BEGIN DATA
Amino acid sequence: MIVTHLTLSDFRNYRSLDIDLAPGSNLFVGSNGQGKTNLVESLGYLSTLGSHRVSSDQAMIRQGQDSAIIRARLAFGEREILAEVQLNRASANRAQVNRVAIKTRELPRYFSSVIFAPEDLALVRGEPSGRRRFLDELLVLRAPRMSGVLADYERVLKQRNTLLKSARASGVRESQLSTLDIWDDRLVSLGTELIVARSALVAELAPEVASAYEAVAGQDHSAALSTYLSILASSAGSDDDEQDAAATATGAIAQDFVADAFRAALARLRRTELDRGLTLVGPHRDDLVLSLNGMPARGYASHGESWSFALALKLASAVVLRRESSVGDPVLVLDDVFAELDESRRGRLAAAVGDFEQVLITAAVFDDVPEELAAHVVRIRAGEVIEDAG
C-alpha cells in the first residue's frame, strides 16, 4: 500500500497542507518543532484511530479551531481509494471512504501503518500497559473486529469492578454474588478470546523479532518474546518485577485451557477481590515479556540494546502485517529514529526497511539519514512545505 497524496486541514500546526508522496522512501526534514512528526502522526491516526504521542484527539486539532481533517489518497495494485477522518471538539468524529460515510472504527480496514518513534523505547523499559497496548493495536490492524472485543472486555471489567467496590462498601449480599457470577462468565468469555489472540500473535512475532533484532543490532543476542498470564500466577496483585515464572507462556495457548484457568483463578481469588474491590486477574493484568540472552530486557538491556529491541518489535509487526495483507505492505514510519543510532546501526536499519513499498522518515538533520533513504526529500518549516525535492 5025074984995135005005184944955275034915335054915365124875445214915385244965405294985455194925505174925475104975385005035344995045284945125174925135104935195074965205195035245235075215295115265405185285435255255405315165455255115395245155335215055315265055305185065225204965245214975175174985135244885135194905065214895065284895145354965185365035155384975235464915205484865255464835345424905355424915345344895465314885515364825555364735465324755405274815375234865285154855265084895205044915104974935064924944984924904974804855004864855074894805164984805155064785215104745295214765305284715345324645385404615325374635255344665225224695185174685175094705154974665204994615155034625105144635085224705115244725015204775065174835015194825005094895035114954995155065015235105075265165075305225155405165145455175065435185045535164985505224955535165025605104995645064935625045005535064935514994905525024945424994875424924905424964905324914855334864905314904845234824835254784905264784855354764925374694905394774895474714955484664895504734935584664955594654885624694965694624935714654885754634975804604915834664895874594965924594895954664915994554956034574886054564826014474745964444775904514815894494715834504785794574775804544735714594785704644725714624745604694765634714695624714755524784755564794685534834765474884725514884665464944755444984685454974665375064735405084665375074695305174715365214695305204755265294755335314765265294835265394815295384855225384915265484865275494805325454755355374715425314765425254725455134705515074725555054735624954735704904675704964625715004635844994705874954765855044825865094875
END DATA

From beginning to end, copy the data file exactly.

Amino acid sequence: MIVTHLTLSDFRNYRSLDIDLAPGSNLFVGSNGQGKTNLVESLGYLSTLGSHRVSSDQAMIRQGQDSAIIRARLAFGEREILAEVQLNRASANRAQVNRVAIKTRELPRYFSSVIFAPEDLALVRGEPSGRRRFLDELLVLRAPRMSGVLADYERVLKQRNTLLKSARASGVRESQLSTLDIWDDRLVSLGTELIVARSALVAELAPEVASAYEAVAGQDHSAALSTYLSILASSAGSDDDEQDAAATATGAIAQDFVADAFRAALARLRRTELDRGLTLVGPHRDDLVLSLNGMPARGYASHGESWSFALALKLASAVVLRRESSVGDPVLVLDDVFAELDESRRGRLAAAVGDFEQVLITAAVFDDVPEELAAHVVRIRAGEVIEDAG
C-alpha cells in the first residue's frame, strides 16, 4: 500500500497542507518543532484511530479551531481509494471512504501503518500497559473486529469492578454474588478470546523479532518474546518485577485451557477481590515479556540494546502485517529514529526497511539519514512545505 497524496486541514500546526508522496522512501526534514512528526502522526491516526504521542484527539486539532481533517489518497495494485477522518471538539468524529460515510472504527480496514518513534523505547523499559497496548493495536490492524472485543472486555471489567467496590462498601449480599457470577462468565468469555489472540500473535512475532533484532543490532543476542498470564500466577496483585515464572507462556495457548484457568483463578481469588474491590486477574493484568540472552530486557538491556529491541518489535509487526495483507505492505514510519543510532546501526536499519513499498522518515538533520533513504526529500518549516525535492 5025074984995135005005184944955275034915335054915365124875445214915385244965405294985455194925505174925475104975385005035344995045284945125174925135104935195074965205195035245235075215295115265405185285435255255405315165455255115395245155335215055315265055305185065225204965245214975175174985135244885135194905065214895065284895145354965185365035155384975235464915205484865255464835345424905355424915345344895465314885515364825555364735465324755405274815375234865285154855265084895205044915104974935064924944984924904974804855004864855074894805164984805155064785215104745295214765305284715345324645385404615325374635255344665225224695185174685175094705154974665204994615155034625105144635085224705115244725015204775065174835015194825005094895035114954995155065015235105075265165075305225155405165145455175065435185045535164985505224955535165025605104995645064935625045005535064935514994905525024945424994875424924905424964905324914855334864905314904845234824835254784905264784855354764925374694905394774895474714955484664895504734935584664955594654885624694965694624935714654885754634975804604915834664895874594965924594895954664915994554956034574886054564826014474745964444775904514815894494715834504785794574775804544735714594785704644725714624745604694765634714695624714755524784755564794685534834765474884725514884665464944755444984685454974665375064735405084665375074695305174715365214695305204755265294755335314765265294835265394815295384855225384915265484865275494805325454755355374715425314765425254725455134705515074725555054735624954735704904675704964625715004635844994705874954765855044825865094875